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New Research Suggests Listening To Your Body Can Help With Stress

We all experience stress daily, whether at work or within our families.   Because this feeling can be so prevalent, we are also inundated with advice about how to cope with it.  Now, a New York Times piece reports on a new study suggesting that paying closer attention to our bodies can help us handle stress more effectively.

Positive and negative effects of stress

Stress isn’t all bad.  It can motivate us to perform well or to flee danger.  But long term stress is harmful.  According to the American Psychological Association, the many physical reactions from stress may include:

  • muscle tension;
  • faster breathing;
  • faster heart rate;
  • stronger heart contractions;
  • release of the hormones adrenaline, noradrenaline and cortisol;
  • dilated blood vessels; and
  • increase in blood sugar.

A chronic state of stress wears down the body and mind.  Stress is a necessary physical reaction, but for optimum health it should dissipate as soon as possible.

Resilience

As the Times story explains, “resilience” is the body’s ability to return to a normal physical and emotional state after a stressful episode.  Scientists and therapists know that some people are more resilient than others.  But why?

To answer that question, researchers first studied adventure racers and elite special-operations soldiers to examine how they develop resilience in the face of the extremes of their jobs.  This work led researchers to believe that resilience increases when people listen to their bodies.  But because these individuals are not representative of the general population, they turned next to studying more ordinary adults.

First, researchers recruited 48 healthy adults and surveyed them about their emotional and physical resilience.  Based upon their answers to a standard questionnaire, the researchers assessed each individual as having high, average or low resilience.

Next, the scientists subjected the volunteers to the same test given to the athletes and soldiers, designed to induce stress in their bodies and brains.  The volunteers were asked to lie in brain scanning machines while wearing face masks that would make it difficult to breathe when researchers touched a button.  The machines showed brain activity while the tests subjects experienced breathlessness.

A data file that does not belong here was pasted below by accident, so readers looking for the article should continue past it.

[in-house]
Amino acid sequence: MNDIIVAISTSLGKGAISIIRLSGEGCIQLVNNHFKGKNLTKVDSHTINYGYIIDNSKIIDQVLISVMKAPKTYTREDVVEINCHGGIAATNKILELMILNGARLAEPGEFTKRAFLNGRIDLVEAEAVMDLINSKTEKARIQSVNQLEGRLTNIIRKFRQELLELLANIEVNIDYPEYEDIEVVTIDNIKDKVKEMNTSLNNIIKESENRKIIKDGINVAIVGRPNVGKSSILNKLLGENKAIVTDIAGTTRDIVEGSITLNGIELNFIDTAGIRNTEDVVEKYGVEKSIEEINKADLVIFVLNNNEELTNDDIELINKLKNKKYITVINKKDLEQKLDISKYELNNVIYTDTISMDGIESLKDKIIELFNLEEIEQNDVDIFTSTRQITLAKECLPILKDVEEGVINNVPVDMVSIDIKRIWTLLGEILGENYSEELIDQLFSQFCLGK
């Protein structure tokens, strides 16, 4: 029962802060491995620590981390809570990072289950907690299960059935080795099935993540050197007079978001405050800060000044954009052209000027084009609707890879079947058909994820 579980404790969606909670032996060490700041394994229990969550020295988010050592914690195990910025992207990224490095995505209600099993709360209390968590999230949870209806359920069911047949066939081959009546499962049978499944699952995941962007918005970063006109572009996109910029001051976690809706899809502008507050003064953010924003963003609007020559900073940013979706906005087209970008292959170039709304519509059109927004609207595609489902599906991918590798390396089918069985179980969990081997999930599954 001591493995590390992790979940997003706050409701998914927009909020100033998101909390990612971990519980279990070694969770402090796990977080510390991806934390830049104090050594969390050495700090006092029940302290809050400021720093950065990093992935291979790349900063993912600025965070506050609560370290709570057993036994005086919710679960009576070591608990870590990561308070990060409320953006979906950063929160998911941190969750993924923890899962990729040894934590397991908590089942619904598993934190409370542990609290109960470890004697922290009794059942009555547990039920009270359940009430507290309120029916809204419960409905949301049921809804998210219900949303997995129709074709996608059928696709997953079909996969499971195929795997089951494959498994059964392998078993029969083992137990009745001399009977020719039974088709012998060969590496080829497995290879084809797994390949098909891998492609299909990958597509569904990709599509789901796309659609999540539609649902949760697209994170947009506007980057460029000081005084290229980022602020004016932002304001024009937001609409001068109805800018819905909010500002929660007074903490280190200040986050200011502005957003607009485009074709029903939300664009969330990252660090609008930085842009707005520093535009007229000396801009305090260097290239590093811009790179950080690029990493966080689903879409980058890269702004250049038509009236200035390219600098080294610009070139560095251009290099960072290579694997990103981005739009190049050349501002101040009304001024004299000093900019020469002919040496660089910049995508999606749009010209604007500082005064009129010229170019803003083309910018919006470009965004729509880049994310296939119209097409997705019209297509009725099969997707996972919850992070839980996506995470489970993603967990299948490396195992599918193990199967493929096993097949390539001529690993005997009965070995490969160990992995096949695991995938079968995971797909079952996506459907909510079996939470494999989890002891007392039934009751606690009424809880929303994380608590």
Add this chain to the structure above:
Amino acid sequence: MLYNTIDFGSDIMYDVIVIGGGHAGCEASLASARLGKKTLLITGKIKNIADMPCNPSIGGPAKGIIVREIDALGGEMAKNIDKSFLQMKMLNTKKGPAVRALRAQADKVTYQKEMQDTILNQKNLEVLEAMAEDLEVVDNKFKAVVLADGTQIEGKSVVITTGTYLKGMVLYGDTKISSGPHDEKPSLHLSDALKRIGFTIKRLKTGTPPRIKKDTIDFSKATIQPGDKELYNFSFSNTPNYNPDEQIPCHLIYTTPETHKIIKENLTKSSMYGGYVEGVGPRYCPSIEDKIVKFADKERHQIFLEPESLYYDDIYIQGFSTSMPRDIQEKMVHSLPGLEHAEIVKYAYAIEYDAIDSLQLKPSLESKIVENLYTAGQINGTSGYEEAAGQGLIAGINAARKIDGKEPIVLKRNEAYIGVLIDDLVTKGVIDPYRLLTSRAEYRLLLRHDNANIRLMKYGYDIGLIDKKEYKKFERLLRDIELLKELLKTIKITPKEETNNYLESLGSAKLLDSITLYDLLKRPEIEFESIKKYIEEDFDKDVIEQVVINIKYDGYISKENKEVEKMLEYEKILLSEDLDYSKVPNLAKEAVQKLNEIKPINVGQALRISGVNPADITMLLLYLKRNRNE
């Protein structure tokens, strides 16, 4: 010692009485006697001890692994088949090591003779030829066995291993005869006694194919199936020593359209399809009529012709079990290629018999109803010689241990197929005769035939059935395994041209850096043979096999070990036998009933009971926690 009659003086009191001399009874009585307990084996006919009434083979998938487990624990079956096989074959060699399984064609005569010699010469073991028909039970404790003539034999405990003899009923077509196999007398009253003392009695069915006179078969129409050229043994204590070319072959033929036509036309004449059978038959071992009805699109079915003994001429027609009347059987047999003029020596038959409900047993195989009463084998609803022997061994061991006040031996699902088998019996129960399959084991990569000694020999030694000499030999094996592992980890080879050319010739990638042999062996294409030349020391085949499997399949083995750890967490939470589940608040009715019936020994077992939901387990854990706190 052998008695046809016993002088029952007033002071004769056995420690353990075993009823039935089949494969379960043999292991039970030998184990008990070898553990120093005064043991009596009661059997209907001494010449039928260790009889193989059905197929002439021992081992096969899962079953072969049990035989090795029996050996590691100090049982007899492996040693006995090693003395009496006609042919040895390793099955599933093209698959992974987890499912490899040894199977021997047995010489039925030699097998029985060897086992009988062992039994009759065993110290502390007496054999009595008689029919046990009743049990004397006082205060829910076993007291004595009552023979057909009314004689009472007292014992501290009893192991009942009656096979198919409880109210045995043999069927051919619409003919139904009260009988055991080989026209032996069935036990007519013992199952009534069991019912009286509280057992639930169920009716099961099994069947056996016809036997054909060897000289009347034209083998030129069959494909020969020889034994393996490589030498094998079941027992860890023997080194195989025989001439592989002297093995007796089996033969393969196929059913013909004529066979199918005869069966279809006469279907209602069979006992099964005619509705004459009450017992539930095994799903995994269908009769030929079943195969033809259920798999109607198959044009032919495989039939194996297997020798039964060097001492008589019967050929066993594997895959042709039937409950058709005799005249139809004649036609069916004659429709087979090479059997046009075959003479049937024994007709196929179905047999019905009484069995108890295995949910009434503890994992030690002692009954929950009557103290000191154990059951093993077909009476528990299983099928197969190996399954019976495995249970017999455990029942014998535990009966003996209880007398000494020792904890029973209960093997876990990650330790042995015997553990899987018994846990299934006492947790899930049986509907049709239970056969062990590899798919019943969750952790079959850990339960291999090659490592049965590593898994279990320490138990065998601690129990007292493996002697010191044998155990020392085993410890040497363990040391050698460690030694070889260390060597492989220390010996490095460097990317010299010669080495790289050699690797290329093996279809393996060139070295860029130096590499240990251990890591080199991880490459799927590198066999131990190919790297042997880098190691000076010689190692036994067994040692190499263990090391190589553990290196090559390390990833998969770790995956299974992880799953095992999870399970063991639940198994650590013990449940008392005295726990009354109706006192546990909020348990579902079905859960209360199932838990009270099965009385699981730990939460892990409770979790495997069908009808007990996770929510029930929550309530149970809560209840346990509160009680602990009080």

People in the new study with higher and average resilience had brains that reacted much like the brains of the soldiers and athletes.  The parts of the brain that receive and process signals from the body, such as elevated heart rate and breathing, were more active when the volunteers anticipated the masks closing.  But surprisingly, in response to this heightened awareness, these parts of their brains did not send many signals to the brain areas that intensify bodily arousal.  In short, their brains experienced stress but did not overreact to it.

People with low resilience, however, had brains that behaved differently.  The monitoring parts of the brain remained quiet while the face masks threatened to close.  Then, when faced with difficulty breathing, the parts of their brains that increase physical arousal became extremely active.  These people’s brains paid little attention to their bodies until the threat came to pass, and then overreacted.  According to the researchers, this brain response would undermine resilience by making it more difficult for the body to return to a more normal state.

What did researchers conclude?

The researchers found this limited study compelling evidence that resilience is more about bodily awareness than rational thinking.  While it is not yet clear that we can change our brain function to respond to stress more effectively, one of the researchers, Dr. Lori Haase, suggested that we might improve internal communication in our bodies by spending a few minutes a day paying attention to inhaling and exhaling without otherwise reacting.  This practice may improve the stress response by teaching us to “have a change in breathing when anxious but be less attached to that reaction.”

At Cohen, Placitella & Roth, P.C., we are always interested in medical developments such as this. And if you need assistance with a personal injury case, don’t hesitate to reach out to our office today.

Contact us for your consultation (215) 567-3500

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